Jefferson East Inc. works to support the east Jefferson corridor and its neighborhoods, Lafayette Park, Rivertown, The Villages and the Marina District. Their economic development team supports small business owners through investment knowledge and real estate services. Jefferson East, Inc. is also an intake center for the City of Detroit’s Home Repair Loan program, which offers 0% interest loans to eligible Detroiters.
Oakland Avenue Urban Farm (District 5)
Location: 9227 Goodwin St, Detroit, MI 48211
The Oakland Avenue Urban Farm owns land on Oakland and Cameron Street, totaling six acres of land. Their bright yellow and blue house is home to their community prep kitchen and meeting space. Across the street from the home is a giant garden which includes 120 blueberry plants and more. Oakland Avenue employs 13 people, with a mission to give people the skills needed to better themselves. They sell their blueberry jam and eggs at local markets, but they’re also open six days per week.
The Oakland Avenue Urban Farm has 120 blueberry plants; they make blueberry jam and sell it at local markets
Pictured is Oakland Avenue Urban Garden’s master plan that maps out their goals for the neighborhood moving forward. It includes bringing civic spaces to the community, like art spaces, a library, a youth hostel and more. The plan is to also preserve the shoeshine / speakeasy (where Smokey Robinson once played) in the neighborhood.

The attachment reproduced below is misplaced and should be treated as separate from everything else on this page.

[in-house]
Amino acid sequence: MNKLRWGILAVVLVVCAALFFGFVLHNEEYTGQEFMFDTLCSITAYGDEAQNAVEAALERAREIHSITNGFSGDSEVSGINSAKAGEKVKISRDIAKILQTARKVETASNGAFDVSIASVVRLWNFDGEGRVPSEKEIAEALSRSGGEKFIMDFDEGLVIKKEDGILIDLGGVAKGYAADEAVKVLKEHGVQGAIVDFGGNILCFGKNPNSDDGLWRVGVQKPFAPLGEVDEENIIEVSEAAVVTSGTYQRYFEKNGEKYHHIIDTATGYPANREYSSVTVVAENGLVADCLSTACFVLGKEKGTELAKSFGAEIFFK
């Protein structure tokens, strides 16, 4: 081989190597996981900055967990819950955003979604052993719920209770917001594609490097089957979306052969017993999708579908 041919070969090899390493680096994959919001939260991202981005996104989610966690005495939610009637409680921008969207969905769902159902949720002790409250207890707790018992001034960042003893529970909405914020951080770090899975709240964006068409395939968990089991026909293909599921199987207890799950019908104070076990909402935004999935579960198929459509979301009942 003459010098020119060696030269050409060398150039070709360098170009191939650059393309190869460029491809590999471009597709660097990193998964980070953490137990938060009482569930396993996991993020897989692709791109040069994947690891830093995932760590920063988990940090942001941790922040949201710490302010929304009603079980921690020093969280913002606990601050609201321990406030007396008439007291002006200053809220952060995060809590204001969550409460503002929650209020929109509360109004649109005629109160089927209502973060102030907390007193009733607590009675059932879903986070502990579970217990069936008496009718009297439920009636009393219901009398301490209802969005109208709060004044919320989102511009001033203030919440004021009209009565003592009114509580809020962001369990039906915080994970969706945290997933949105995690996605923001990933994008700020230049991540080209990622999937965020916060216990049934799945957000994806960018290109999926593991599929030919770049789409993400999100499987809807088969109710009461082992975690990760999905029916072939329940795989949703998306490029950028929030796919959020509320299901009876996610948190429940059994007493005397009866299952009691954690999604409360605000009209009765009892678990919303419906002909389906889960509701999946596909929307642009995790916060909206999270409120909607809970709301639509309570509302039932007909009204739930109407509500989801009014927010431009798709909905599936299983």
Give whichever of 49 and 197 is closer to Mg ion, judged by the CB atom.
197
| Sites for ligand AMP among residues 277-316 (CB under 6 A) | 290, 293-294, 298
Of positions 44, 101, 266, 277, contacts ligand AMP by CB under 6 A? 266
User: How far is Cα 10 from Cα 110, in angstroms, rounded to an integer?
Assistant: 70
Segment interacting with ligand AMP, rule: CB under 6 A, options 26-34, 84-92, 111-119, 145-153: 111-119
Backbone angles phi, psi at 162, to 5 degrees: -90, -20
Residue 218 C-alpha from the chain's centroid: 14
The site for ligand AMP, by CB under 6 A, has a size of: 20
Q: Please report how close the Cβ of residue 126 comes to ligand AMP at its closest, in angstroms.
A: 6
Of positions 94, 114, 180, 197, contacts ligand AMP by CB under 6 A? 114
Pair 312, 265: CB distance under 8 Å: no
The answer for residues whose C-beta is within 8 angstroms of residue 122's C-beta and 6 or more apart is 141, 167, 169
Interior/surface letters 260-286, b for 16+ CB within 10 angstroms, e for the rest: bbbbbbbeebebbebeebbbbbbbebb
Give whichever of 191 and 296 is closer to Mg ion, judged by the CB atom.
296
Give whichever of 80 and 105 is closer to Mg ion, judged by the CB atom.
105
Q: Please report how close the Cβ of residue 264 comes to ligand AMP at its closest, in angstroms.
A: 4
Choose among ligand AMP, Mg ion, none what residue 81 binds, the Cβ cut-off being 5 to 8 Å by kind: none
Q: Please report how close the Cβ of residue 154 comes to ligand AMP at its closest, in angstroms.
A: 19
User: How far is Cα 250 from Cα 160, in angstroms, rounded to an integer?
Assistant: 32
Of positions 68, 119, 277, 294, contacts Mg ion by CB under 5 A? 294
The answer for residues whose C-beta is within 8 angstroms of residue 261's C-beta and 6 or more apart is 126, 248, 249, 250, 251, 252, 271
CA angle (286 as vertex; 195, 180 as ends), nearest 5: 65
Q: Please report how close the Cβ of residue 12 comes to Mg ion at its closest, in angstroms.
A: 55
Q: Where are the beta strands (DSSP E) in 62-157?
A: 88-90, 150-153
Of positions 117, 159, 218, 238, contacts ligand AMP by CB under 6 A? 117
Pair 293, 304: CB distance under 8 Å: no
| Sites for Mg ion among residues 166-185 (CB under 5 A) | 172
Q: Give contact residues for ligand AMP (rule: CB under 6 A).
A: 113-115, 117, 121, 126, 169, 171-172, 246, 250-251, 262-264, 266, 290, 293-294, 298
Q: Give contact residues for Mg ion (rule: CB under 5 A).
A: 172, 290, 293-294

DHDC — Detroit Hispanic Development Corporation (District 6)
Location: 1211 Trumbull St., Detroit, MI 48216
2017 isn’t over yet, but DHDC has already served 5,620 people this year.
The organization started in Angela Reyes’s living room with a mission reduce gang violence. Today, they operate out of what was once a warehouse and has now transformed into an amazing “office” that includes a large community space, meeting rooms equipped with technology and a childcare facility. In addition to gang violence prevention and intervention, DHDC focuses on STEM careers, financial literacy, housing and community organizing to support and focus on education, immigrants, criminal justice, gentrification and civil rights.
They also offer GED and ESL classes, workforce development, prisoner re-entry support and parenting support. They have both an after school program and a summer program for kids. In the summer the DHDC takes the kids outside of the city for a camping trip; during the school year many of the kids are involved in robotics.
Detroit Hispanic Development Corporation
DHDC’s large community space for meetings, activities and events
Warrendale Community Organization (District 7)
The Warrendale Community Organization is a smaller organization that focuses on their specific neighborhood. Two notable efforts include their relationship with the radio patrol team they’ve brought in, as well as their community garden. The community garden provides free fresh fruits, vegetables and herbs to neighborhood residents, with the understanding that everyone helps out what they’re able, whether it be a one-time five minute commitment, or more.
Brussel Sprouts at the Warrendale Community Organization’s garden
Learning about the history of the Warrendale Community Garden!